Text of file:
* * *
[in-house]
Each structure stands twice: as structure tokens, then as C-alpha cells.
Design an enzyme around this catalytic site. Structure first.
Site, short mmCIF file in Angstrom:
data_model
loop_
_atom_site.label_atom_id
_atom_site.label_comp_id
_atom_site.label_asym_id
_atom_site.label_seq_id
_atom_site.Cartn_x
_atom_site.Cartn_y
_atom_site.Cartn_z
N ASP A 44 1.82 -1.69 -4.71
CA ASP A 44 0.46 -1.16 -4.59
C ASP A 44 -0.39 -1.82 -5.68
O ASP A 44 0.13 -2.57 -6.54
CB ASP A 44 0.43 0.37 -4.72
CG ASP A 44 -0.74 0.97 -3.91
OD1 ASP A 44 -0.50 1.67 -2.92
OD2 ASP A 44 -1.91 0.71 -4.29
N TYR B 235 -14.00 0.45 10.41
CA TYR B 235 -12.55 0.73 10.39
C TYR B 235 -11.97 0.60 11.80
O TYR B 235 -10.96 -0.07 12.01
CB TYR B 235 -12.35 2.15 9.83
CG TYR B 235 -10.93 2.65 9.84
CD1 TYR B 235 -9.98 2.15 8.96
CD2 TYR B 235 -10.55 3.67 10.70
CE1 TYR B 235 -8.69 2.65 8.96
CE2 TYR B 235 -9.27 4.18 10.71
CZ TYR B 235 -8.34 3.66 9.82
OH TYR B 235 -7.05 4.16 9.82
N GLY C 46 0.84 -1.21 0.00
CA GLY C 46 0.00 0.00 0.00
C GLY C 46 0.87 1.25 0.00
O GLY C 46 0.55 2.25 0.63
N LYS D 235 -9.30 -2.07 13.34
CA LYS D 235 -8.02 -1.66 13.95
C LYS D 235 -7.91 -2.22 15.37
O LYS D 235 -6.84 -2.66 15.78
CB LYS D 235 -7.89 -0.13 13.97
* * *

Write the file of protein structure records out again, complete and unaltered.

[in-house]
Each structure stands twice: as structure tokens, then as C-alpha cells.
Design an enzyme around this catalytic site. Structure first.
Site, short mmCIF file in Angstrom:
data_model
loop_
_atom_site.label_atom_id
_atom_site.label_comp_id
_atom_site.label_asym_id
_atom_site.label_seq_id
_atom_site.Cartn_x
_atom_site.Cartn_y
_atom_site.Cartn_z
N ASP A 44 1.82 -1.69 -4.71
CA ASP A 44 0.46 -1.16 -4.59
C ASP A 44 -0.39 -1.82 -5.68
O ASP A 44 0.13 -2.57 -6.54
CB ASP A 44 0.43 0.37 -4.72
CG ASP A 44 -0.74 0.97 -3.91
OD1 ASP A 44 -0.50 1.67 -2.92
OD2 ASP A 44 -1.91 0.71 -4.29
N TYR B 235 -14.00 0.45 10.41
CA TYR B 235 -12.55 0.73 10.39
C TYR B 235 -11.97 0.60 11.80
O TYR B 235 -10.96 -0.07 12.01
CB TYR B 235 -12.35 2.15 9.83
CG TYR B 235 -10.93 2.65 9.84
CD1 TYR B 235 -9.98 2.15 8.96
CD2 TYR B 235 -10.55 3.67 10.70
CE1 TYR B 235 -8.69 2.65 8.96
CE2 TYR B 235 -9.27 4.18 10.71
CZ TYR B 235 -8.34 3.66 9.82
OH TYR B 235 -7.05 4.16 9.82
N GLY C 46 0.84 -1.21 0.00
CA GLY C 46 0.00 0.00 0.00
C GLY C 46 0.87 1.25 0.00
O GLY C 46 0.55 2.25 0.63
N LYS D 235 -9.30 -2.07 13.34
CA LYS D 235 -8.02 -1.66 13.95
C LYS D 235 -7.91 -2.22 15.37
O LYS D 235 -6.84 -2.66 15.78
CB LYS D 235 -7.89 -0.13 13.97